The term 'coloured'

(236 Posts)
Ticktock12 Mon 10-Oct-16 16:34:06

So I'm a new member of a team and one of my colleagues described someone and said 'Oh the coloured lady'. I corrected her obviously stating its offensive.
Aibu or is this a term people still use?

MuseumOfCurry Mon 10-Oct-16 16:35:25

I'd be a bit taken aback if the person were say, younger than 60. How old is she?

Namechanger2015 Mon 10-Oct-16 16:36:30

Argh, I hate this term so much! I am not white - the term coloured suggests to be that all people are white by default, and coloured people are 'others'.
Hate it!

VladmirsPoutine Mon 10-Oct-16 16:37:54

I don't think it is an acceptable term but I have in the past heard an Indian friend of mine describing her black SIL as coloured.
This sort of thing can be quite a mine field. I speak a language in which the direct translation of 'person of colour' would actually be very offensive.

mrsblackcat Mon 10-Oct-16 16:39:52

Depending on context you can gently indicate to people that 'black/asian' is preferable or just ignore. It's difficult as I find it's often used by people trying hard not to be offensive. What does annoy me is when it's used when there is no need. Someone I worked with used to talk about 'John, the coloured man' I knew who John was hmm

NapQueen Mon 10-Oct-16 16:40:03

I probably wouldn't say "that's offensive" but I would probably say "Black is the accepted terminology these days"

ladyratterley Mon 10-Oct-16 16:41:19

My DD & DM have both used this term over the past couple of years. I've corrected them (kindly).
They're in their early 70's and live in a rural very un-cosmopolitan area so I think the fact that this is now offensive has kind of bypassed them. They thought this was the PC term to use as opposed to "black". My partner was absolutely horrified that they would describe someone as "coloured" even at their age!

It made me think though.. when I was at school in the 90's it was normal to describe mixed race people as "half caste". It makes me cringe to think of it!

I think if this was an older lady then perhaps it's a forgivable mistake, but no one under the age of 60 or so should be so ignorant.

ayeokthen Mon 10-Oct-16 16:41:31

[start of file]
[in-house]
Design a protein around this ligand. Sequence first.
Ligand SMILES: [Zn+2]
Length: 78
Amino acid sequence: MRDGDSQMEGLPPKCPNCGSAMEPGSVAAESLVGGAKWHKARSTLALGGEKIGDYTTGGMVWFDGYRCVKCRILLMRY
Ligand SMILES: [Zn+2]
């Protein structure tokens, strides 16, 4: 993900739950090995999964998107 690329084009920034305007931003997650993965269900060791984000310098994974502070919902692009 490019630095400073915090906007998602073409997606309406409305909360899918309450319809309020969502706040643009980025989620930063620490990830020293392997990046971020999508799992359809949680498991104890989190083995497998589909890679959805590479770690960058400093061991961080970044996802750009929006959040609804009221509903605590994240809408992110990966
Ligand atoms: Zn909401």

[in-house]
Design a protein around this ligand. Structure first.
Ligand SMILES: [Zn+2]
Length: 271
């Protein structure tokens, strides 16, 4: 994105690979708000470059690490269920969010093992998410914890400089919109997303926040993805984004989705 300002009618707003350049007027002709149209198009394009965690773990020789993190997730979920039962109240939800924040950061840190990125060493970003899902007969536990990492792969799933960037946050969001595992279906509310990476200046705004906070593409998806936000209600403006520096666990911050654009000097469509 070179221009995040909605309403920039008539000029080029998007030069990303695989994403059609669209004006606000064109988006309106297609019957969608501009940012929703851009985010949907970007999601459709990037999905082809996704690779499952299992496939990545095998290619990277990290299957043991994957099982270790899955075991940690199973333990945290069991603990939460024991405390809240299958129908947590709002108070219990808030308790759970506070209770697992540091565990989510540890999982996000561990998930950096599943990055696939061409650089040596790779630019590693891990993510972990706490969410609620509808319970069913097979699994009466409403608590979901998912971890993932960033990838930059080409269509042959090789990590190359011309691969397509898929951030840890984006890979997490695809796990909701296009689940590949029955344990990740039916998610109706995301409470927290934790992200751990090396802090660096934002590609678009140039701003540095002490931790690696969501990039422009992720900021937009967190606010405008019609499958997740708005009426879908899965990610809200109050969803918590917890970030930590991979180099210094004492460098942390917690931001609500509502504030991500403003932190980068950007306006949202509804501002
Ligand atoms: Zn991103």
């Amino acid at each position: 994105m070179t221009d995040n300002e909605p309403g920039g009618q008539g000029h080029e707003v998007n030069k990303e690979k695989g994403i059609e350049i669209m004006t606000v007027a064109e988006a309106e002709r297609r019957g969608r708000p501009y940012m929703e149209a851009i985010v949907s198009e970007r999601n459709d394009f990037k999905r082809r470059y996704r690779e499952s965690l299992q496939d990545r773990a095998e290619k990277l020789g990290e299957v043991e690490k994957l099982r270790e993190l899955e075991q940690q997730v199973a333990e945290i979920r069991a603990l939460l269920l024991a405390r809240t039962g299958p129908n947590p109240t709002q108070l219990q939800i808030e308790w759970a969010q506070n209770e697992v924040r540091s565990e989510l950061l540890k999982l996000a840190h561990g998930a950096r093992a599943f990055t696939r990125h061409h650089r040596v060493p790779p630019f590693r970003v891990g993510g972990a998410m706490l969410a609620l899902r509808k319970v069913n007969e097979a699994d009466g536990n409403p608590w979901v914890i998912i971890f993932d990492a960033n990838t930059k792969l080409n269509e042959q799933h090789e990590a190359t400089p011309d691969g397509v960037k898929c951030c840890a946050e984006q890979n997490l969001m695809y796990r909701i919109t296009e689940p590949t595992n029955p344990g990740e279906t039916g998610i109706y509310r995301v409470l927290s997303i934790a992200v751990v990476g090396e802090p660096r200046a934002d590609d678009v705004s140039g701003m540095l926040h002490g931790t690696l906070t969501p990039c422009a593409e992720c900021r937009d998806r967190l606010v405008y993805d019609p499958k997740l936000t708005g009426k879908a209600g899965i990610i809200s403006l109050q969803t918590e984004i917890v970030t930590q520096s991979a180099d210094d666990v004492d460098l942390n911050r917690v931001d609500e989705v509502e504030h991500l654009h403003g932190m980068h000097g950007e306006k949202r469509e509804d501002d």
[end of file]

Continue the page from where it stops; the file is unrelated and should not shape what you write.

Oh dear, I've not heard anyone say that for a very long time. Not since I worked in a care home for the elderly actually. We had one resident (white South African) who would click her fingers and shout "samba" at a black South African man who I worked with, and if he didn't hear her she'd shout loudly "get the coloured boy over!"

Ticktock12 Mon 10-Oct-16 16:42:41

The lady is around 50 I would say. She explained that she has always said it but had her back up at the same time. I suppose she needs educating as I hope I did educate her a little bit but wasn't sure if people still used this term. I am Asian and don't want it coming across that I am using the 'race' card. What do you think?

VladmirsPoutine Mon 10-Oct-16 16:42:44

mrs I've often found that too. I used to work in a team with the same group of people for 6 years. By then I knew who 'Jennifer' was, so I was always hmm when another member would comment "Did you respond to Jennifer's request, you know the Asian one."

BeautyGoesToBenidorm Mon 10-Oct-16 16:43:15

I have South African friends and apparently it's quite normal in SA to use the term 'coloured' - it's not seen as offensive, although I'm happy to be corrected if I'm wrong!

BitOutOfPractice Mon 10-Oct-16 16:44:02

Is she British. My DP (not British) was shocked to the core when I said someone was black as that is still considered very offensive where he is from

queenc81 Mon 10-Oct-16 16:45:44

I do think it's a minefield, but I also don't understand why we need a term for different races.

I've never been called the White woman etc.

OohMavis Mon 10-Oct-16 16:46:25